History in the making

by Liza on Mar. 27th, 2009

By 10:15 this morning, the Red River reached 40.6 feet, beating the record high water mark of 40.1 feet set 112 years ago. The river's rise shows no signs of slowing, and the National Weather Service predicts that the river will crest at 43 feet on Saturday afternoon. (That's 3 feet higher than the 1997 flood, and 1-3 feet above earlier predictions for this year. Two inches of rain and snow in the last four days prompted the higher forecast.) Emergency officials can no longer rely on historical data to help them make decisions.

Fargo's main dike protects the city at the 43-foot level, and city officials have no plans to try to raise it any further. (There's no time.) In other areas, volunteers are continuing to lay sandbags, hoping to protect cities, homes, and farms in the river's path. But water is breaching some dikes and evacuation orders are being issued for some areas. Forecasters say the river is likely to remain at more than 40 feet for as long as a week, putting pressure on the already taxed sandbag and temporary dike system.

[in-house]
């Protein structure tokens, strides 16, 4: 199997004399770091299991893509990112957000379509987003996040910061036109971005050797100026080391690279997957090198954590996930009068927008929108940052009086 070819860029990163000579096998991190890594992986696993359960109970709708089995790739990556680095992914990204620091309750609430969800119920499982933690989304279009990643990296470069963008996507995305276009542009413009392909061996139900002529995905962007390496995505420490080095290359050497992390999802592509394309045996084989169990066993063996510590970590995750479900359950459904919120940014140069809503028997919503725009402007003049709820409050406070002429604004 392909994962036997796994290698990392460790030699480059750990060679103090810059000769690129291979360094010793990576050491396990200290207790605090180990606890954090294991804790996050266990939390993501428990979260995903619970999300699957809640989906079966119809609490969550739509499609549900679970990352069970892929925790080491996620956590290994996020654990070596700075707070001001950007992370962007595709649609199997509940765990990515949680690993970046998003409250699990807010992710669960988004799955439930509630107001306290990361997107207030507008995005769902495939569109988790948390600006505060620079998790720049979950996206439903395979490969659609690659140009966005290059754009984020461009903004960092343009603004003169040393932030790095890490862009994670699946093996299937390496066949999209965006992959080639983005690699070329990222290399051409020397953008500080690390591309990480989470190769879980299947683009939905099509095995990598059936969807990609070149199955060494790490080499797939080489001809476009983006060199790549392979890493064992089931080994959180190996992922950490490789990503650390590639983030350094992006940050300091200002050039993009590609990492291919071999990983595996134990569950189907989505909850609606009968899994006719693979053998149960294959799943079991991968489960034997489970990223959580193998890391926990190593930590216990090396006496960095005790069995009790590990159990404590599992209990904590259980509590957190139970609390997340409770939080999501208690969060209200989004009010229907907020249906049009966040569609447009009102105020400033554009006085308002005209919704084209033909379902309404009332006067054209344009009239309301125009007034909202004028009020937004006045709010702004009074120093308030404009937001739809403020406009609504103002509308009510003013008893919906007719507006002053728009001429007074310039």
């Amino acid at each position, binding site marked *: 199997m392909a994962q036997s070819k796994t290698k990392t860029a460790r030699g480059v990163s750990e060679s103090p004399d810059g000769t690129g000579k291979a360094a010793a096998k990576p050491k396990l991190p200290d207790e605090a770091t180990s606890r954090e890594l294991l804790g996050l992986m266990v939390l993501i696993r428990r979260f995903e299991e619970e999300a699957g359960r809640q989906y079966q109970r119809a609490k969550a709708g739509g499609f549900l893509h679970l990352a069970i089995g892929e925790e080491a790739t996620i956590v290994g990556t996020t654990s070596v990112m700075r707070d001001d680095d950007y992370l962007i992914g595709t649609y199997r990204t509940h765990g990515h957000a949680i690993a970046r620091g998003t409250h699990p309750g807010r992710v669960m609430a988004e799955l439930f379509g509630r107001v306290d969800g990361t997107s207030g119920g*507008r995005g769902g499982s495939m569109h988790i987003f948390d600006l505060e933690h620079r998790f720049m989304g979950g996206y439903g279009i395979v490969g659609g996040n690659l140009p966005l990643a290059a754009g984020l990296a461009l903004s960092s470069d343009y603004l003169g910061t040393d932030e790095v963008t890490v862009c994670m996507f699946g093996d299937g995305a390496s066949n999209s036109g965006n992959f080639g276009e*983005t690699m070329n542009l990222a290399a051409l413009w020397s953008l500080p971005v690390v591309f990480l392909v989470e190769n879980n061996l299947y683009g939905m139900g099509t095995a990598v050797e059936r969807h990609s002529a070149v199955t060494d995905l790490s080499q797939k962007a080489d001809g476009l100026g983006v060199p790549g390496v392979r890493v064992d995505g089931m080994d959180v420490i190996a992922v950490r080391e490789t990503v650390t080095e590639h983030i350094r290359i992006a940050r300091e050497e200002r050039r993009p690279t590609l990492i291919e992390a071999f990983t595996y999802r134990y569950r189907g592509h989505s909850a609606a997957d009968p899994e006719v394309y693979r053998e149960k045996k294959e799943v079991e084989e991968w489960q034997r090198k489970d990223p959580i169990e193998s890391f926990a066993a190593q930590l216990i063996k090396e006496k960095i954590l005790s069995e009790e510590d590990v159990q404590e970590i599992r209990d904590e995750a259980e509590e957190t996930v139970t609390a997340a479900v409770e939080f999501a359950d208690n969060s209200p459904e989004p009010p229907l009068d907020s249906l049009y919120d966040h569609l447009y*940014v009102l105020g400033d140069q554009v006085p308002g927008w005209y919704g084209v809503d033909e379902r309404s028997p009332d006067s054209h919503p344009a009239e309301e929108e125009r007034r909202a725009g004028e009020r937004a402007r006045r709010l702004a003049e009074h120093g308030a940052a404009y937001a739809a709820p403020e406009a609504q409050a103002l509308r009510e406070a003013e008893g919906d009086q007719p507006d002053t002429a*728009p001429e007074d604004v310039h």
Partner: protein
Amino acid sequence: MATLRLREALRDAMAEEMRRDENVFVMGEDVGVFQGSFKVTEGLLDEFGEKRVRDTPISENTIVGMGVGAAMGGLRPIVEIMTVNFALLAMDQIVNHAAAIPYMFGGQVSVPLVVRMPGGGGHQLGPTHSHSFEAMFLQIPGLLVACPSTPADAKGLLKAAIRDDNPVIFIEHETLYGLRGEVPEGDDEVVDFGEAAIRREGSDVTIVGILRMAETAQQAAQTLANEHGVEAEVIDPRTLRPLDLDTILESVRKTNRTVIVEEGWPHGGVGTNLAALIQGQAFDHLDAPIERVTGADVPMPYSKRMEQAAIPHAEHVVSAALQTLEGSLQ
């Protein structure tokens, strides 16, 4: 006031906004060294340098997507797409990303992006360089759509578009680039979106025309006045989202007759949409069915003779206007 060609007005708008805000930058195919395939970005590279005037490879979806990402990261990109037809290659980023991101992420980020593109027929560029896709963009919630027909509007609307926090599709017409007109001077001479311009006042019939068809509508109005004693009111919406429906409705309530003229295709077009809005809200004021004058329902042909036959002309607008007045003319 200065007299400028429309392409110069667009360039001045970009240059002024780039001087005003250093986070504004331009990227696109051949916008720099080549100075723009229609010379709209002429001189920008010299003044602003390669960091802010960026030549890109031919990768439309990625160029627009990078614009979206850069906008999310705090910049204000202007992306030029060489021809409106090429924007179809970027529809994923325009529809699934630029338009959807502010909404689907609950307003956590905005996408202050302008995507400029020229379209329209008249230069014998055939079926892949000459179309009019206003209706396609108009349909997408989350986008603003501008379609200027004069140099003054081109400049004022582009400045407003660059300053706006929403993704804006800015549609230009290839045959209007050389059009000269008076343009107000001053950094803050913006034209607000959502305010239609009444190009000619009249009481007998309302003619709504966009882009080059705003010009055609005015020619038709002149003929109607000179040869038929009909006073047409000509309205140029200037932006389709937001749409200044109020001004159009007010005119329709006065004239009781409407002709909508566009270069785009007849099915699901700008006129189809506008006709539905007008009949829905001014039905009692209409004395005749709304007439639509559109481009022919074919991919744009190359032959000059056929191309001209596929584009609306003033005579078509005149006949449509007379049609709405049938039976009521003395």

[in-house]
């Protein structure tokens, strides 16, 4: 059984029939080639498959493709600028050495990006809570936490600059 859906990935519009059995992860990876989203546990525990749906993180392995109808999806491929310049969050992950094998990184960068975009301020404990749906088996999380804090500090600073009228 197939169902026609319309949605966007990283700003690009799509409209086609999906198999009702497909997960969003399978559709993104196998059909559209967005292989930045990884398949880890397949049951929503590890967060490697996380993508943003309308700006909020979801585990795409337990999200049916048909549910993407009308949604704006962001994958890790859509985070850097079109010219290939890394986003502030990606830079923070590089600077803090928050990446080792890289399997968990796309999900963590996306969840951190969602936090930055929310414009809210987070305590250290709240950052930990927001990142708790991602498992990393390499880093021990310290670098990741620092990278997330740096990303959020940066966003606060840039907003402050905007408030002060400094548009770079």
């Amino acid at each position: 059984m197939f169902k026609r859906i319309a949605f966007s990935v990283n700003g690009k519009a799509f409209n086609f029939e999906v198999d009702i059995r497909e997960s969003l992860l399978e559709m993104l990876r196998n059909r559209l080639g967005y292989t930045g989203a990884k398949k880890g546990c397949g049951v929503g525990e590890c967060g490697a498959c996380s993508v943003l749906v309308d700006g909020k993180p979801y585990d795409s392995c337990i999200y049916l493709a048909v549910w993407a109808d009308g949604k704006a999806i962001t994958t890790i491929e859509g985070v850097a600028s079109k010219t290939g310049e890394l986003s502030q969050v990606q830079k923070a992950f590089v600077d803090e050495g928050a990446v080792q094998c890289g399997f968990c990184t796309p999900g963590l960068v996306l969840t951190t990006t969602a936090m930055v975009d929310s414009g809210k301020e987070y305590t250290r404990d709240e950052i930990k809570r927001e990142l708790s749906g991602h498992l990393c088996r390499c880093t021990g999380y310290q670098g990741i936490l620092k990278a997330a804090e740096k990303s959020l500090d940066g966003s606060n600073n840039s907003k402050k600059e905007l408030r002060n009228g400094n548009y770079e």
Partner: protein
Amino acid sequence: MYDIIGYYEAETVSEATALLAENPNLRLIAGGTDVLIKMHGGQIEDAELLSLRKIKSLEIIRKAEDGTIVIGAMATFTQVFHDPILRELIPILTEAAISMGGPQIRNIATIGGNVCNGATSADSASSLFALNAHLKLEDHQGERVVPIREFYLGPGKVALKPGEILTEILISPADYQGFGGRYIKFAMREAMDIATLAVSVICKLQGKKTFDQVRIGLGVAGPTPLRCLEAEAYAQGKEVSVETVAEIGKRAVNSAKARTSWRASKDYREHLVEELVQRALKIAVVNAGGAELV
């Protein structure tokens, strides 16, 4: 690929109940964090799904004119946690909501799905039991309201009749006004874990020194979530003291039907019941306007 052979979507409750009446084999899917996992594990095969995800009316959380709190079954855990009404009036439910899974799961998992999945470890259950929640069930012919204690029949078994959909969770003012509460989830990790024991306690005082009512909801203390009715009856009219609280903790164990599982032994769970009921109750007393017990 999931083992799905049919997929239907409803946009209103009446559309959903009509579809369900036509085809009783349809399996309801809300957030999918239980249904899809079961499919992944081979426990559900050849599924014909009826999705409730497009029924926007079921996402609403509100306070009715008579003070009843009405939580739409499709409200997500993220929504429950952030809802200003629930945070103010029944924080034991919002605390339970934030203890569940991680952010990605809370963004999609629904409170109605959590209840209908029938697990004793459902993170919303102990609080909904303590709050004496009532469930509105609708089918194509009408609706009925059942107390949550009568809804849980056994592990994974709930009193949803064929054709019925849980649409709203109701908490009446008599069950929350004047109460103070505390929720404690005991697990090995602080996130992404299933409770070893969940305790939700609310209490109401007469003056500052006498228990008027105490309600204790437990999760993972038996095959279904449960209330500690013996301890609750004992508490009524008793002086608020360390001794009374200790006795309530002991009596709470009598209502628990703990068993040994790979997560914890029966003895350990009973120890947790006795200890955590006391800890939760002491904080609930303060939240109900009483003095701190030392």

Minnesota Public Radio's Bob Collins is writing from Fargo on the News Cut blog. Check it out.

Your Comments, Thoughts, Questions, Ideas

Thor's picture
Thor says:

I heard a reporter on the morning TV news say that the sudden drop in temperatures below freezing has also hurt the structural integrity of the sand bags. Moisture in the sand is freezing, making the sand bags turn into bricks and that takes away the absorption properties of the sandbags, making them more likely to give way.

posted on Fri, 03/27/2009 - 11:36am
Liza's picture
Liza says:

Yeah, I heard they were trying to buffer the sandbags by wrapping them in sheets of plastic, but no one seems to have a good opinion on how long the sandbag dikes will last.

posted on Fri, 03/27/2009 - 11:53am
Thor's picture
Thor says:

Here's a link to an interactive map that shows river levels all along the Red River. I especially like that you can change the base view of the map to get a better picture of the outlying terrain along with the political boundaries and transportation routes.

posted on Fri, 03/27/2009 - 11:52am

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